Cooking Classes

Got Mangos: Five Ways to Use Them That Don't Involve Smoothies

A plethora of mangos from one morning's harvest.
A plethora of mangos from one morning's harvest. Photo by Jen Karetnick
Just as there's always a day that celebrates some food substance or other, there are also always seasons to revel in. But unlike the marketing tools that are the former, the latter are naturally occurring. And right now it’s mango season, a time of year that’s near and dear to the hearts of many South Floridians.

At least, it’s close to our hearts at the beginning of mango season, when the first ovals of colorful, fragrant fruit begin to fall. You treasure each and every one, fighting off the squirrels and birds for your fair share. You also have to fight off neighbors, friends, and even strangers who come to steal them. But in the middle of the season, when the mangos come down fast, you can’t even give them away.

That’s when you need something to do with all that fruit.

Miami New Times readers may remember that my husband and I farmed a backyard mango grove of 14 trees for two decades (before selling the property right before the pandemic struck).

It took us a while to learn the ins and outs of mango tree care and picking (or picking up). But boy, did we get an education. In addition to practically running our own U-Pic, supplying half the chefs in town, and writing Mango (University Press of Florida, 2014), we came up with plenty of easy ways to process large piles of fruit in short amounts of time. In the interest of saving you the time and energy we lost over the years, here are five favorites.
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Three kinds of home-preserved mango salsas — the method is easier than you might think.
Photo by Jen Karetnick

Mango Salsa

You can use any type of mango. You can use a mixture of just-ripe ones that retain some firmness and/or some overripe juicy ones that’ll give you a saucy mix. It depends on the style you’re after. Add chopped onion, jalapeño pepper, cilantro, lime juice, and a touch of apple cider to give it a bit of acid. For variety, change out the type of chili pepper, making it spicier with Scotch bonnets or smokier with chipotle. You can also add pineapple and cucumber, which changes the acidity and texture; or a mixed berry-mango salsa. Mango is a great palette for any additional fruit or vegetable: passionfruit, carambola, red bell pepper, and corn, for example. Always store salsa in the refrigerator. You can also jar and seal it, which is easier to learn than you might think. Home-preserved food keeps for a year.

Grilled Mango Cheeks

Possibly the easiest side dish ever, grilled mango cheeks need no preparation and hardly any plating. Simply cut the larger cheeks off each side of the fruit and grill them face-down alongside whatever else you’re cooking — fish, steak, pork, what have you. The sugars in the mango caramelize during the grilling process. Then flip it upright, squeeze a little lime over it, and serve it alongside your meat for a sweet barbecued treat that took no time at all to make.

Mango and Cheese

Presented cold on a cheese board or hot and melty from an oven, mango and cheese are terrific partners. Top a ripe Brie or Camembert with mango and enjoy as-is or pop into the oven for ten minutes (or until the cheese begins to ooze). You can also sprinkle the top with sliced almonds or ring the mango with macadamia nuts. Young provolone also pairs very well with mango, whether cold or hot. A favorite is provolotera, procured from local Argentine/Uruguayan butcher Gaucho Ranch many years ago, to melt fruit and cheese together in the wells.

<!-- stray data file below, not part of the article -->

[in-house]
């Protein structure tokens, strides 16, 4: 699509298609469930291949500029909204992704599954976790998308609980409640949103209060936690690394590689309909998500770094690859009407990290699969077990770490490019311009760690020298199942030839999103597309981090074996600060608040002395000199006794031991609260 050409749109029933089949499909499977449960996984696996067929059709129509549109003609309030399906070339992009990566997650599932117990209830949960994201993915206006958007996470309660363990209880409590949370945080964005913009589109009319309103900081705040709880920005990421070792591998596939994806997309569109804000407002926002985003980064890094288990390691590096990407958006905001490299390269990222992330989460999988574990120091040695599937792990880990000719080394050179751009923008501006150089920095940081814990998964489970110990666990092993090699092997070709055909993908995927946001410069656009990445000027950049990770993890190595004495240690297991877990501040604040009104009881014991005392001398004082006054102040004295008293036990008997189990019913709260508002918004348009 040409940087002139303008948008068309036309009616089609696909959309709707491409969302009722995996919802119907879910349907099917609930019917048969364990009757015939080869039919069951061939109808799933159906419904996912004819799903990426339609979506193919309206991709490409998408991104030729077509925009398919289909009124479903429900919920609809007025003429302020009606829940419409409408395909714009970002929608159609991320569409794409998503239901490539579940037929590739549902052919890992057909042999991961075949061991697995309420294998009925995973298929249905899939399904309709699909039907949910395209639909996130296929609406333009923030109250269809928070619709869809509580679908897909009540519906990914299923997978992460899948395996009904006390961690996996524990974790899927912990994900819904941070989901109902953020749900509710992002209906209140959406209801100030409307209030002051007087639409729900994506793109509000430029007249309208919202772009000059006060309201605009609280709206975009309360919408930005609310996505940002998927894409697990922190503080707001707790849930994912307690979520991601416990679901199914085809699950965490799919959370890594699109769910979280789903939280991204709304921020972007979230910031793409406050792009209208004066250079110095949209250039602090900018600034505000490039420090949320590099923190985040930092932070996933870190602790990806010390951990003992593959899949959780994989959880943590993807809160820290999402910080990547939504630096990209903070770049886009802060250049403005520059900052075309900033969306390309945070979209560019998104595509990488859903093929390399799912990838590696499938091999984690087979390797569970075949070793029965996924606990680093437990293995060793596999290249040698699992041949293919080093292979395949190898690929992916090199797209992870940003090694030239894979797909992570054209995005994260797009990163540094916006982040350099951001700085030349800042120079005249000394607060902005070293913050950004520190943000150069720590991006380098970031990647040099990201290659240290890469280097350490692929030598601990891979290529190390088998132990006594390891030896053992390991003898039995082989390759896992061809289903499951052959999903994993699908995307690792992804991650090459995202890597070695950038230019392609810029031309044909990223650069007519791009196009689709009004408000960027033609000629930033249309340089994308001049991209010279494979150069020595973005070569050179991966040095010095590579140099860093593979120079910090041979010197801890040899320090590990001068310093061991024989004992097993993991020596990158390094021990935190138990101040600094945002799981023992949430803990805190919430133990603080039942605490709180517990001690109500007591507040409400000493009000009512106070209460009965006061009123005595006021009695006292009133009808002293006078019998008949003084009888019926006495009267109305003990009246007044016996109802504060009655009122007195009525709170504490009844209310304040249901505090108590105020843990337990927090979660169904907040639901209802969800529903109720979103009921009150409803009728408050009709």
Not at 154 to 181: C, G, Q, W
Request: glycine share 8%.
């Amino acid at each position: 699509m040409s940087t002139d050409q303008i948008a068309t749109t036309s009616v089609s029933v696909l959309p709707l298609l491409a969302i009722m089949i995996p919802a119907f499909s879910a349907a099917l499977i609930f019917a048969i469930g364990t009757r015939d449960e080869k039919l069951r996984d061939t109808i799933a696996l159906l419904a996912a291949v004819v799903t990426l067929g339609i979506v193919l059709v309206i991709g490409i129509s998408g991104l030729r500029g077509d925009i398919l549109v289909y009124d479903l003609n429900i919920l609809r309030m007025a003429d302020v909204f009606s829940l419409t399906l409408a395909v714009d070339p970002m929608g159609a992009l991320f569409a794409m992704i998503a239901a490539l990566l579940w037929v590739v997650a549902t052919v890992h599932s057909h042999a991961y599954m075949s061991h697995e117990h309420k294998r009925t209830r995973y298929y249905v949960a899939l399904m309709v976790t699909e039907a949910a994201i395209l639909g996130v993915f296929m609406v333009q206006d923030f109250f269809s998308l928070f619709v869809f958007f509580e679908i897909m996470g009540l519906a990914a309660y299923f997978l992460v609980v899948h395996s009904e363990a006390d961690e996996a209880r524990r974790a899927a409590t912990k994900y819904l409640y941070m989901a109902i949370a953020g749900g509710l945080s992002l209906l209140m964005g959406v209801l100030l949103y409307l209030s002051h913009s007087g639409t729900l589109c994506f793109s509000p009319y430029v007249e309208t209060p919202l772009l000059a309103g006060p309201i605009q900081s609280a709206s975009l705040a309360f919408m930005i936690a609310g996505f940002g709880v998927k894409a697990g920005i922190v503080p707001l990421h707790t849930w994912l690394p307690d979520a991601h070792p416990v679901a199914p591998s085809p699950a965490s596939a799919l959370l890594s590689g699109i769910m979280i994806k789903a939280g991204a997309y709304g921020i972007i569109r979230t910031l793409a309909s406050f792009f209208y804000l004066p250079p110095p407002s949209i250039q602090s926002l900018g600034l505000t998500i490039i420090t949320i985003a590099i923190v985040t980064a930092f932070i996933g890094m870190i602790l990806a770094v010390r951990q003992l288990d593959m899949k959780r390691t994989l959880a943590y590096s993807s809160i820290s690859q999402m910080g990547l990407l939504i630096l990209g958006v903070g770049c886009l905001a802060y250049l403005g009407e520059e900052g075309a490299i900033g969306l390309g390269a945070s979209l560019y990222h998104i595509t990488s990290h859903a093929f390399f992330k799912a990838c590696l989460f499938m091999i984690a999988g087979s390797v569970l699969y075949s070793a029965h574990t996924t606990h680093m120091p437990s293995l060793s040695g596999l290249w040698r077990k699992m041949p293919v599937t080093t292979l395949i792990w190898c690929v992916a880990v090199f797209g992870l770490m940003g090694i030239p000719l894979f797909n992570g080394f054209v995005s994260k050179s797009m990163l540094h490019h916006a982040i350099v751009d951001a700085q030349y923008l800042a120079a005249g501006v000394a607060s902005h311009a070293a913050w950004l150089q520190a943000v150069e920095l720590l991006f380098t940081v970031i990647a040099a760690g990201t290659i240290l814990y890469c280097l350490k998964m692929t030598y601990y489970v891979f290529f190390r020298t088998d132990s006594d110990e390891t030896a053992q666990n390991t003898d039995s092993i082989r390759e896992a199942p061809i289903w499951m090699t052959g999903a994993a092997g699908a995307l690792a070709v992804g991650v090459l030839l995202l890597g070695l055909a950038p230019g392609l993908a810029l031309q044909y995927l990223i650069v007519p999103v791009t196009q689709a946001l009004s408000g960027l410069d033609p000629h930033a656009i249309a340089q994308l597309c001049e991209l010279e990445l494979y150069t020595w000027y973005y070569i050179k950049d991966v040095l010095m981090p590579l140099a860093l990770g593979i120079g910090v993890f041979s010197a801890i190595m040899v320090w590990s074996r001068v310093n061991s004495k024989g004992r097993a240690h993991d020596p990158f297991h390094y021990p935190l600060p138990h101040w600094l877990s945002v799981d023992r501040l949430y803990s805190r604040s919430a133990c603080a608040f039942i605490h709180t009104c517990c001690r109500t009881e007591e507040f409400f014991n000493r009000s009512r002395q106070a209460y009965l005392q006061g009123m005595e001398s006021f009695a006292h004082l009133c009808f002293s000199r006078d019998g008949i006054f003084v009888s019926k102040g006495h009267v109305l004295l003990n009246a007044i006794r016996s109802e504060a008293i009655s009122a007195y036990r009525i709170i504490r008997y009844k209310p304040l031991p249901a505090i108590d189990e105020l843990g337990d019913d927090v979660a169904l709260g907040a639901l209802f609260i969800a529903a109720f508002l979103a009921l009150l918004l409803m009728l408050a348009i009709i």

Mango Jam

There is no better way of processing a large amount of fruit than cooking it down. Purée the raw fruit, then boil it in large pots for 40 to 45 minutes until it turns a darker hue. Skim the foam off the top from time to time and stir frequently to keep it from burning. Unlike other fruits, mangos do not need added sugar or pectin for structure. We bottled our jams, using a professional canner we kept in the house. But you can use any pot to sterilize empty jars and another pot to seal the filled jars in boiling water afterward.


After puréeing the mango, cook the pulp for a brief 20 minutes to get rid of impurities, skimming the foam and stirring to keep it from burning. Meanwhile, in a food processor, mince onion, a variety of bell peppers, and cucumber. After the mango cools, stir it all together, add some lime juice and/or cider vinegar, and salt and pepper to taste. Refrigerate and enjoy all week.

Of course, you can also eat all the mangos you want out of hand. However you choose to utilize your mangos — or someone else's, should you be that lucky — make sure you wash them thoroughly. Even if they look pristine coming off the tree, remember that all sorts of creatures, from squirrels to iguanas to rats, are crawling over them. We've seen far too many people pick (or pick up) a mango and bite right into it, either to suck out the juice or to get started on peeling it. Then they'd call us later to tell us that something was wrong with the mango and they'd gotten sick.

And remember, if someone who has lots of mango trees allows you to come on their property to get some: heads up. Mangos don't wait to be picked. They fall when they're ready. So watch the ground for old fruit that you might trip over, and the sky for incoming ones.
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Jen Karetnick is an award-winning dining critic, food-travel writer, and author of the books Ice Cube Tray Recipes, Mango, and The 500 Hidden Secrets of Miami.
Contact: Jen Karetnick